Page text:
Instead of battering herself into a semblance of normality, Ruth has decided it is better to be insane. She thinks about patterns and strives to arrange her bug collection in perfect order. It seems the only people she can relate to are family members who are also insane. Nate Powell constructs this mental derangement in Swallow Me Whole (Top Shelf, $19.95) by juxtaposing creepy hallucinations in a finely drafted suburban landscape. A deeply moving and powerful tale.
Israeli writer and artist Rutu Modan, author of the darkly beautiful Exit Wounds, is back with Jamilti & Other Stories (Drawn & Quarterly, $19.95), a compilation of seven short works from 1998 to 2007. There is great variety in the writing, from a dark fairy tale to unique Israeli stories. The pieces show how Modan’s artwork has evolved from her delicate pencil and ink work to a more detailed Hergé-type clean-line technique.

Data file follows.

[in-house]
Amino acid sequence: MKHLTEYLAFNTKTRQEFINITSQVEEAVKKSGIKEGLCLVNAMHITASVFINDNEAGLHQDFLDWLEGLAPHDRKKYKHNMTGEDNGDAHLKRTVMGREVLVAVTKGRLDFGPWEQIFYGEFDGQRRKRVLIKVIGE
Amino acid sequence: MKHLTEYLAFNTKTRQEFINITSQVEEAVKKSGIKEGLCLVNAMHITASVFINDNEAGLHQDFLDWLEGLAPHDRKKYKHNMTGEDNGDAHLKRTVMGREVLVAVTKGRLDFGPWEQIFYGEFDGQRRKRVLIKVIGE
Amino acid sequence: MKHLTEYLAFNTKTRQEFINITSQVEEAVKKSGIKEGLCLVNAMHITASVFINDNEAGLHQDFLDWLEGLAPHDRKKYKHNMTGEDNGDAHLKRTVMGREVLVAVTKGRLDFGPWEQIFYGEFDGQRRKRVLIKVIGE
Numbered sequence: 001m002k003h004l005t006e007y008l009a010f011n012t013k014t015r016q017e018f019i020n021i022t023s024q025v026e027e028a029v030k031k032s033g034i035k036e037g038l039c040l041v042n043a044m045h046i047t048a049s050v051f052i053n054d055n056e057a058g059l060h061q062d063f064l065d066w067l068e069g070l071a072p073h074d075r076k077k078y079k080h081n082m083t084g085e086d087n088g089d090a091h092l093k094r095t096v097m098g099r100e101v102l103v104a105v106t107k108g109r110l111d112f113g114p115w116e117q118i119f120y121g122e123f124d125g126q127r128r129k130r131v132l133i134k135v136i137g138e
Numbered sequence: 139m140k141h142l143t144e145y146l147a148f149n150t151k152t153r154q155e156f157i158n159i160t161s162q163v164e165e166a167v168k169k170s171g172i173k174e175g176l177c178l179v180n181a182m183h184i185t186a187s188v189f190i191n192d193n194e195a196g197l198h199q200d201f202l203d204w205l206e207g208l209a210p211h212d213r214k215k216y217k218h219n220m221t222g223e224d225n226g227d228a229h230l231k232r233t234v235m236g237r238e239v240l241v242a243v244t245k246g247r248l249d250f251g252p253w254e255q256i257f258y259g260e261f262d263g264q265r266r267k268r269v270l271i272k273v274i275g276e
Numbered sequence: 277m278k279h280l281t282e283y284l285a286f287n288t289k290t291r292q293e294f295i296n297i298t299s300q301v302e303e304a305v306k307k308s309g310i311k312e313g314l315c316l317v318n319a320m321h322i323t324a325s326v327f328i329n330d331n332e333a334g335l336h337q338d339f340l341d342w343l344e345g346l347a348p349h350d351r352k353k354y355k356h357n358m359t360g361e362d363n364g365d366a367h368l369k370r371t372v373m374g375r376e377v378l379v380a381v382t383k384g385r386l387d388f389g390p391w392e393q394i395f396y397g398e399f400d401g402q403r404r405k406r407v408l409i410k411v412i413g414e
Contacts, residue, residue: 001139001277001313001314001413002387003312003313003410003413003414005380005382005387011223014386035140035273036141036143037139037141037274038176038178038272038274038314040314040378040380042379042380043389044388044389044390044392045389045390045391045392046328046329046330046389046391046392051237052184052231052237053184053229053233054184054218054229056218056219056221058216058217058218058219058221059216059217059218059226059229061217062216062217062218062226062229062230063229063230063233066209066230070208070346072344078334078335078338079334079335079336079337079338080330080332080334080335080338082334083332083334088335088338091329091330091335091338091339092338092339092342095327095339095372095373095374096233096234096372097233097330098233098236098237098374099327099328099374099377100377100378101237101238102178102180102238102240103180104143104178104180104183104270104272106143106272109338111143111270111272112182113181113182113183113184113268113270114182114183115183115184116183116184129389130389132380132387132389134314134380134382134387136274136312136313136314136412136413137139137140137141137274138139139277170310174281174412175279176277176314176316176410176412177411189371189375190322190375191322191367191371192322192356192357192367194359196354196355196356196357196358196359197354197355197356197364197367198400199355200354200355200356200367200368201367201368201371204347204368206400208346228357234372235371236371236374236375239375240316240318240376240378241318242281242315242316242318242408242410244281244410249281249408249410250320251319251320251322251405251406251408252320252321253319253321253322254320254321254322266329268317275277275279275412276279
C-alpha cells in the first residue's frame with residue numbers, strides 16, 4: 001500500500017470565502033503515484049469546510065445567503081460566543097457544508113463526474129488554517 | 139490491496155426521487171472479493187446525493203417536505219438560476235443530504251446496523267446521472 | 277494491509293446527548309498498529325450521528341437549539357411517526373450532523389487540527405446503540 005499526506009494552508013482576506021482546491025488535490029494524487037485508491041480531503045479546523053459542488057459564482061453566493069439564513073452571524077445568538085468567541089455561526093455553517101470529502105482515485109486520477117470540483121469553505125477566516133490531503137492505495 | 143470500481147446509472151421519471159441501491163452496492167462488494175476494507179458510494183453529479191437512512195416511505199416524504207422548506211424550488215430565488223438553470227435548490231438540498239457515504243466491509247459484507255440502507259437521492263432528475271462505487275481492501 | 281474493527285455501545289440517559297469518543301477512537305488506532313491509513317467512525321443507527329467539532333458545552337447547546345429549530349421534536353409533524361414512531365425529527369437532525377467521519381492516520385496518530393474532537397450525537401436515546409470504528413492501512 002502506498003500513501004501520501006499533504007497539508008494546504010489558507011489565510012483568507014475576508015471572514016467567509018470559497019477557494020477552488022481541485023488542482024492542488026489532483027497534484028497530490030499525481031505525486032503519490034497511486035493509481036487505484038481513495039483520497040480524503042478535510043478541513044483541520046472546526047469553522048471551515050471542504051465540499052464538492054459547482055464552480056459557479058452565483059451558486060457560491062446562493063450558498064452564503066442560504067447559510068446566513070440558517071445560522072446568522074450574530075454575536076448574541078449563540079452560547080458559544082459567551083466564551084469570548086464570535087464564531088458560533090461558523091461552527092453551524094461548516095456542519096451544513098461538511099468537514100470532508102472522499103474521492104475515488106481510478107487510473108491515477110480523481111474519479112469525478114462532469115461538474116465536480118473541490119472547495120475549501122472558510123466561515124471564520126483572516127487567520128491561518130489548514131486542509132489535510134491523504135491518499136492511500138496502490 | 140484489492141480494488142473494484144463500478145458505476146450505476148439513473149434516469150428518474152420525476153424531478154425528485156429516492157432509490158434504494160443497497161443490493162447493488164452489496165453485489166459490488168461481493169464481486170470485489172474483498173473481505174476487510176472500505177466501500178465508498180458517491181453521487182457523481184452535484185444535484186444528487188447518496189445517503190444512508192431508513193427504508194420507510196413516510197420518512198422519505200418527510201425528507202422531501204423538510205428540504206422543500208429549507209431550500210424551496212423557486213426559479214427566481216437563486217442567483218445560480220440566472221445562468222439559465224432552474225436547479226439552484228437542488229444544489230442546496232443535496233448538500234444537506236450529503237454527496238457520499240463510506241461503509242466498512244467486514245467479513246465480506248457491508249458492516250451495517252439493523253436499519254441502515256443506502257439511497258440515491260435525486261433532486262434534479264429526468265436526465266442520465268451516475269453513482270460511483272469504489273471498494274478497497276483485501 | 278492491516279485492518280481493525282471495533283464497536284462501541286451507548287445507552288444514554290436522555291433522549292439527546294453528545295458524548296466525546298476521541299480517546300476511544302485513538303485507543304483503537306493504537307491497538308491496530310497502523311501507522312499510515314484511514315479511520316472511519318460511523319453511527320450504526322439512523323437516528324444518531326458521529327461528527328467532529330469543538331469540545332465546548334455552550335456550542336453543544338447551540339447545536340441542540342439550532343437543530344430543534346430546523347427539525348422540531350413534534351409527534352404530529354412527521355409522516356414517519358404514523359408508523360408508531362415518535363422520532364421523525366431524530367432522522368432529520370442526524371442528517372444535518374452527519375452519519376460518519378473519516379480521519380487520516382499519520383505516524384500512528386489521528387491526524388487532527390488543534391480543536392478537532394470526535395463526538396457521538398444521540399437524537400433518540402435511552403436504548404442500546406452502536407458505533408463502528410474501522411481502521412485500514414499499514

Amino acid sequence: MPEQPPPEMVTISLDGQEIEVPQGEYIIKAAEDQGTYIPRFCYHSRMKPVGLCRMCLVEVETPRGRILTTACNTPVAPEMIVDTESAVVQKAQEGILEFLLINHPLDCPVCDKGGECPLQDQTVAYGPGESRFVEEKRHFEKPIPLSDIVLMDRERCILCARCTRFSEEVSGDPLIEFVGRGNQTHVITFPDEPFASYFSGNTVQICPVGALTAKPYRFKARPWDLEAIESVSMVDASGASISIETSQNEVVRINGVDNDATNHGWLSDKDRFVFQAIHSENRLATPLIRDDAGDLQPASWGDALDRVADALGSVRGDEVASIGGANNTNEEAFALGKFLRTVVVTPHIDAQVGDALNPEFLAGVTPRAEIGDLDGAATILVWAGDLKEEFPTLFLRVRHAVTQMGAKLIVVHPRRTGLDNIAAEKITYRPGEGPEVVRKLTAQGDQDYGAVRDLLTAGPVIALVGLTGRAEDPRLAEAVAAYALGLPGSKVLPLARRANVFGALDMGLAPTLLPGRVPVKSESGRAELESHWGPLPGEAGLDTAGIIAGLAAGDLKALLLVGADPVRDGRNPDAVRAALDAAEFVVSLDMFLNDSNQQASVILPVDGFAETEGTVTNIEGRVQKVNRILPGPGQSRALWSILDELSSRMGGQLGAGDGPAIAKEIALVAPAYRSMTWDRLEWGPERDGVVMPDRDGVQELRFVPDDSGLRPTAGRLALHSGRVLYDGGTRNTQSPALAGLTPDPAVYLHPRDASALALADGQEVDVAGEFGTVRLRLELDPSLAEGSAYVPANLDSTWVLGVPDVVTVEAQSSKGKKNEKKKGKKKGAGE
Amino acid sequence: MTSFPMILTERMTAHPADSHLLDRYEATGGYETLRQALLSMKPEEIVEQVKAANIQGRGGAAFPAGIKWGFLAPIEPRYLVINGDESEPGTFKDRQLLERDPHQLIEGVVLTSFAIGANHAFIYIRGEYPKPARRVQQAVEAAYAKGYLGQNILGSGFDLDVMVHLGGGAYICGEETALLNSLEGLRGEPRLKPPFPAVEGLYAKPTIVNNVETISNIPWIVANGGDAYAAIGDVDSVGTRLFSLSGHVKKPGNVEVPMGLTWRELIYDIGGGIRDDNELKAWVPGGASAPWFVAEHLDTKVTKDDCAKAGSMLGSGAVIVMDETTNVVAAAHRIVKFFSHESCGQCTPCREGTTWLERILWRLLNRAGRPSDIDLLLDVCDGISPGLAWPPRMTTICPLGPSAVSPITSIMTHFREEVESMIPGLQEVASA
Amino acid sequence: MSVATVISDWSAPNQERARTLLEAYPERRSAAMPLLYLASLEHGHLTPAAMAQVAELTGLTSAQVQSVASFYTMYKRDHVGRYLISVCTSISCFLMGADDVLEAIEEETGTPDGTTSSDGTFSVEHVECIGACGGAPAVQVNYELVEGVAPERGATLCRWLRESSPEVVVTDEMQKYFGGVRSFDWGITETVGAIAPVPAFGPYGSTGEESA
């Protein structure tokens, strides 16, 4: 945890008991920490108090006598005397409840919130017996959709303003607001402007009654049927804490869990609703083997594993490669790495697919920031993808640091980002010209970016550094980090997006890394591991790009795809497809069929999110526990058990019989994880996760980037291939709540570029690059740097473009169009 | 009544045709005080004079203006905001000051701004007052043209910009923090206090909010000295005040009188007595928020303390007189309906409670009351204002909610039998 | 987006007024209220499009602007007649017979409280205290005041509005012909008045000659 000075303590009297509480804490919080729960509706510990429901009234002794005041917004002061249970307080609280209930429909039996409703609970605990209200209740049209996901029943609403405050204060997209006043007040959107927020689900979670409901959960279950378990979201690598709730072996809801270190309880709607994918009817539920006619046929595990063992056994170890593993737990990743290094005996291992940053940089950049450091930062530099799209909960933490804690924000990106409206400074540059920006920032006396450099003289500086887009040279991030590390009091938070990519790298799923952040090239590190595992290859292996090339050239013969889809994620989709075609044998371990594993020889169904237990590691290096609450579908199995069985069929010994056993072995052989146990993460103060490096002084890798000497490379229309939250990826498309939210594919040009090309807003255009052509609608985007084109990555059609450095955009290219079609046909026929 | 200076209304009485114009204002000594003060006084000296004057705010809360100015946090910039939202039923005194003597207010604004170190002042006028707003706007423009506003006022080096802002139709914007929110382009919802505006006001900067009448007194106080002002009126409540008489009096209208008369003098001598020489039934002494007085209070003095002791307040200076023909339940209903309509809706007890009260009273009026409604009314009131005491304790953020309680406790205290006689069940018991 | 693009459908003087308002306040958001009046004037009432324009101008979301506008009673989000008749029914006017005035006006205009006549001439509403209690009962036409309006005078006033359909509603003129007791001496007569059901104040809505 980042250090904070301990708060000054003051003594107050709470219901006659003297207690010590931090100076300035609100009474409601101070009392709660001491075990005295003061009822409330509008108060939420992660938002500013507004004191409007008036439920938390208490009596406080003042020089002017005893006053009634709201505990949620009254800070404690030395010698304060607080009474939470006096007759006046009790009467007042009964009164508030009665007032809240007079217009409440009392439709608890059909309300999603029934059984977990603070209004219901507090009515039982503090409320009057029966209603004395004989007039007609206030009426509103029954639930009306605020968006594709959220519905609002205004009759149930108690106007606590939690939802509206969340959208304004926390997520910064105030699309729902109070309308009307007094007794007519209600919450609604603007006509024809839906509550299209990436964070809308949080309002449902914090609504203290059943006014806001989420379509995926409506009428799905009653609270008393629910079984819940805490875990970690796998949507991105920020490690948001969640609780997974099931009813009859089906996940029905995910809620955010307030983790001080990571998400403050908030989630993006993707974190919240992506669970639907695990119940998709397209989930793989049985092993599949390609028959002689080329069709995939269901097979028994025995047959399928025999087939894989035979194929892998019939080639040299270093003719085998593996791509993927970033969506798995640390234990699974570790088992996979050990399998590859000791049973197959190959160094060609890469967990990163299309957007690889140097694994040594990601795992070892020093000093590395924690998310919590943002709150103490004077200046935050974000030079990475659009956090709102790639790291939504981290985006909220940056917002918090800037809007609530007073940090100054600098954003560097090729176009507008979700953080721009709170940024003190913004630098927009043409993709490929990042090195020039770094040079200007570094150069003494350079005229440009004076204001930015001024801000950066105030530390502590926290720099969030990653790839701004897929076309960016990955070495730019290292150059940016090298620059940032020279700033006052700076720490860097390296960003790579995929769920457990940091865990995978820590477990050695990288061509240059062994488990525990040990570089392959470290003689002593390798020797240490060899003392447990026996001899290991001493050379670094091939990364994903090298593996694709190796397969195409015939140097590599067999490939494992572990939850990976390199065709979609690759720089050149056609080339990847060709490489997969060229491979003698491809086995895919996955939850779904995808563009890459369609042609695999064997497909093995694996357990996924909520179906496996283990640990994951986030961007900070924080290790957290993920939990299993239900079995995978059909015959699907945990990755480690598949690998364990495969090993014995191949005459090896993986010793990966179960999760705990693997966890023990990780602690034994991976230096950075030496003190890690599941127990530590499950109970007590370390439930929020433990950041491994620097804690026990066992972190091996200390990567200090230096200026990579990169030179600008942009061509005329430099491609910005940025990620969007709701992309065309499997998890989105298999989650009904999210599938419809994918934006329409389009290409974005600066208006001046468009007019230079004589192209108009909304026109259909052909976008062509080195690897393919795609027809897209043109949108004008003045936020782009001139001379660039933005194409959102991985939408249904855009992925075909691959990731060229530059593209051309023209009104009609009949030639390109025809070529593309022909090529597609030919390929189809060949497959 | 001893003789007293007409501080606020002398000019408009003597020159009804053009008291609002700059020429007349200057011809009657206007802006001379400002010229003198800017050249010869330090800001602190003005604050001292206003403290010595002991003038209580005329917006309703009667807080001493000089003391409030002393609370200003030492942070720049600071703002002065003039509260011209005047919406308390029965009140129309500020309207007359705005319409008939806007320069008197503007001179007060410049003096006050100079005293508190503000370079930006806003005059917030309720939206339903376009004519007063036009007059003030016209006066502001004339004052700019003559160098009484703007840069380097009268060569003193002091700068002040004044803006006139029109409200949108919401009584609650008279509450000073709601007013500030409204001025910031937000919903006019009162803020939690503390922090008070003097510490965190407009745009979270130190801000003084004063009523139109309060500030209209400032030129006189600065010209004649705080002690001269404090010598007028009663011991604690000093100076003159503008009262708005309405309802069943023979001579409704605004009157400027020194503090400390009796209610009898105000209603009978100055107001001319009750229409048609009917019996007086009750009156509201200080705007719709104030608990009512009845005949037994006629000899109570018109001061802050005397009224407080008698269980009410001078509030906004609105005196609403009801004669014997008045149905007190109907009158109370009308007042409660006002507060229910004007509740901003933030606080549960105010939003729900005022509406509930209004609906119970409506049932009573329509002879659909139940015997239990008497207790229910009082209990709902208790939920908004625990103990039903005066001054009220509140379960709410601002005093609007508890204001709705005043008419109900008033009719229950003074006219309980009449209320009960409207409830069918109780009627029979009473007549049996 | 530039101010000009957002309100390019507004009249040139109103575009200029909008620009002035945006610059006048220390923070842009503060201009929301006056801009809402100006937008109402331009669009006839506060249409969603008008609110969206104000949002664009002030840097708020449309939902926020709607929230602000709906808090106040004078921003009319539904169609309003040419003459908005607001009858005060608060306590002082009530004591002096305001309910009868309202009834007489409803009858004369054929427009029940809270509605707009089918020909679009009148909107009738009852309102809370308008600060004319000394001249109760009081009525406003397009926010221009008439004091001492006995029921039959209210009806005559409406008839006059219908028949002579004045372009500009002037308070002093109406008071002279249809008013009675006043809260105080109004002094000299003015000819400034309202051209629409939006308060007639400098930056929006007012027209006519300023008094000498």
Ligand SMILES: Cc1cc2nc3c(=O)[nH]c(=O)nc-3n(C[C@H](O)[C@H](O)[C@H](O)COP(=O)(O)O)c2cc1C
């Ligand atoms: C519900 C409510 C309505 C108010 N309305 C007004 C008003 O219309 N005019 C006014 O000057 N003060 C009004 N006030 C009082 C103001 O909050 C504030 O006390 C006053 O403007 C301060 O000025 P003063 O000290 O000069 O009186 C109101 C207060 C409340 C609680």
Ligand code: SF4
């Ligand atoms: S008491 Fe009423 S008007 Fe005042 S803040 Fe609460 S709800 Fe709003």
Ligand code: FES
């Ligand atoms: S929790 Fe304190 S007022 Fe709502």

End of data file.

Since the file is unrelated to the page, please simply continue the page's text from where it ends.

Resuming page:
Writer Marguerite Abouet and illustrator Clément Oubrerie give us light-hearted stories set in Abidjan during a prosperous “golden era” of the Ivory Coast in the late ’70s. In Aya (Drawn & Quarterly, $19.95), we are introduced to the title character and her friends, Bintou and Adjoua. The three are caught up in teenage romances; their stern parents, and smooth-talking suitors are very much on the scene. Aya Of Yop City (Drawn & Quarterly, $19.95) continues the girls’ stories (and solves some mysteries). Abouet’s narratives are charming, but we also witness an insider’s take on the family, class, and village tensions. Oubrerie’s authentically-detailed color drawings are done with a light touch.